Deadly Burrito

Developed in Unreal Engine 4 (VR) by Atomic Pinata, a student studio created for the Final Year Project module at ESAT. Published in Oculus Store and Steam.

Deadly Burrito is a frenetic shooter for Oculus Rift settled into the Mexican festivity of Dia de Muertos. Play as Esteban Juanito Armando Sabino de la Rosa Dominguez, a professional burrito eater that dies after eating the spiciest burrito in the world. As Juanito, you wake up in the Mexican underworld where you meet La Catrina, goddess of Tierra de Muertos. After knowing the pathetic cause of your death, La Catrina challenges you to cross Tierra de Muertos defeating hundreds of her undead servants. If you manage to build your own Altar de Muertos and escape, you will go back to life.



  • Motion Controller and Touch Motion Controller: Create the main controller class, detect the oculus controllers and set the input map. It wasn’t easy at first time because we did not have experience in VR and we had some problems at start.

  • Fire Weapon class and main methods: Create the main fire weapon class and main methods, making some of them overridable to implement easily other types of weapons.

  • Bullets: Create the main bullet class and normal bullet. As in the Fire Weapon class, some method are overridable to implement more types of bullets easily.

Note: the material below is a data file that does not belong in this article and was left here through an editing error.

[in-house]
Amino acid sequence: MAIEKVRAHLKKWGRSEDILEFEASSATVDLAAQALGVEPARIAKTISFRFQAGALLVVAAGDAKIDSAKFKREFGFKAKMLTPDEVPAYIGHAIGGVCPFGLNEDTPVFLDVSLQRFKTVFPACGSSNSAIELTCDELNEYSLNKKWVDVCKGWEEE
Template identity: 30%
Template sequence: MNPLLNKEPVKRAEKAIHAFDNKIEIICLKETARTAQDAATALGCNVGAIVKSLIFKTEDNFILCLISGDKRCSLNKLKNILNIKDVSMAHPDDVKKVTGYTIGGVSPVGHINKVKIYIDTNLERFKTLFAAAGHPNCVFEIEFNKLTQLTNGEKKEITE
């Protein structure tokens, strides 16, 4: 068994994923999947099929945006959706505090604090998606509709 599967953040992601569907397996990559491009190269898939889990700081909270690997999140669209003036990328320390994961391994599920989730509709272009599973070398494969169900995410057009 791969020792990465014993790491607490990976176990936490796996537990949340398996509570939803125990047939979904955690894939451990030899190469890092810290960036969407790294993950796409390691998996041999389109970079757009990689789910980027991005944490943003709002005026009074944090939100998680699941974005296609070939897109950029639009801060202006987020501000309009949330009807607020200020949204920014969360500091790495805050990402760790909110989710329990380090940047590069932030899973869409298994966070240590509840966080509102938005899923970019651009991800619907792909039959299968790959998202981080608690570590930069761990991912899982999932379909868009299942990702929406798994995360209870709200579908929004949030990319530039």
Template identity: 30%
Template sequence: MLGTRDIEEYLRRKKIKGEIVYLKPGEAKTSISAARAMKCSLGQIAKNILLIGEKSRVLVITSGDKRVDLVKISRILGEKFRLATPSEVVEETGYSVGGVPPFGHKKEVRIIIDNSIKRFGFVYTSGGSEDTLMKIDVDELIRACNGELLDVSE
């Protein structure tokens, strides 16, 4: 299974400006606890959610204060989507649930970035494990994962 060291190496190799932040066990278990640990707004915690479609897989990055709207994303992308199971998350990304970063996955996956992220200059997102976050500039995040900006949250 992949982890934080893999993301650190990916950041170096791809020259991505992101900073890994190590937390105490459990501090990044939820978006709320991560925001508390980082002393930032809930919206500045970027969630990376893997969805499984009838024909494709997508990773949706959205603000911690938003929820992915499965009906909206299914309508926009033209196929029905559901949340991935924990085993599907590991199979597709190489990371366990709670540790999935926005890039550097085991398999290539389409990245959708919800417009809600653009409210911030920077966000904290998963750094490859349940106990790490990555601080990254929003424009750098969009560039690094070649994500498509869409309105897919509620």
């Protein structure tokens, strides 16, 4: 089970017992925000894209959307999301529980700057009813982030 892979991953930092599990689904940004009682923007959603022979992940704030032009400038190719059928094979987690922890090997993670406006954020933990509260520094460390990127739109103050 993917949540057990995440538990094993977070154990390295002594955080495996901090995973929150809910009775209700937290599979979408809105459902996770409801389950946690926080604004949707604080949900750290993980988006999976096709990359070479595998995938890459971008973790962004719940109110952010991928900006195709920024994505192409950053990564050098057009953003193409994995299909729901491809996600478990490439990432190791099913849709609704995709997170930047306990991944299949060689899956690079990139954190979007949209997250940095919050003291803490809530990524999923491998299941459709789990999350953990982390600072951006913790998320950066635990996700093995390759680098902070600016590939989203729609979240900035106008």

• Self-directed bullet: Implement a specific bullet which searches for the nearest enemy and go for him. It can do this N times after hitting an enemy.
  • Decals implementation: Implement the decals when a bullet hits on a static element in the game. It was my first contact with decals so I had to do a some research about how decalls works in Unreal.

  • Particle Manager: A class with some methods to execute the particles of the game. Some particles are different from others so I had to make a method to set each particle type before playing it instead of using the common «playparticle» function of Unreal.

  • Most of the particles and integration: First contact with the Unreal Particles System, which I had no experience about. It was really difficult at the start, because I had to make huge research about how it works in Unreal and I didn’t have anybody who could help me. Integrating the particles wasn’t as difficult as creating the particles, but understanding my classmates code was necessary for me to find the best way for calling the function and so executing those particles.

  • General Project Fixes: At the end, we all had to fix a lot of stuff in the projects as for example fixing some enemies AI (UE4 behaviour trees), weapons, etc..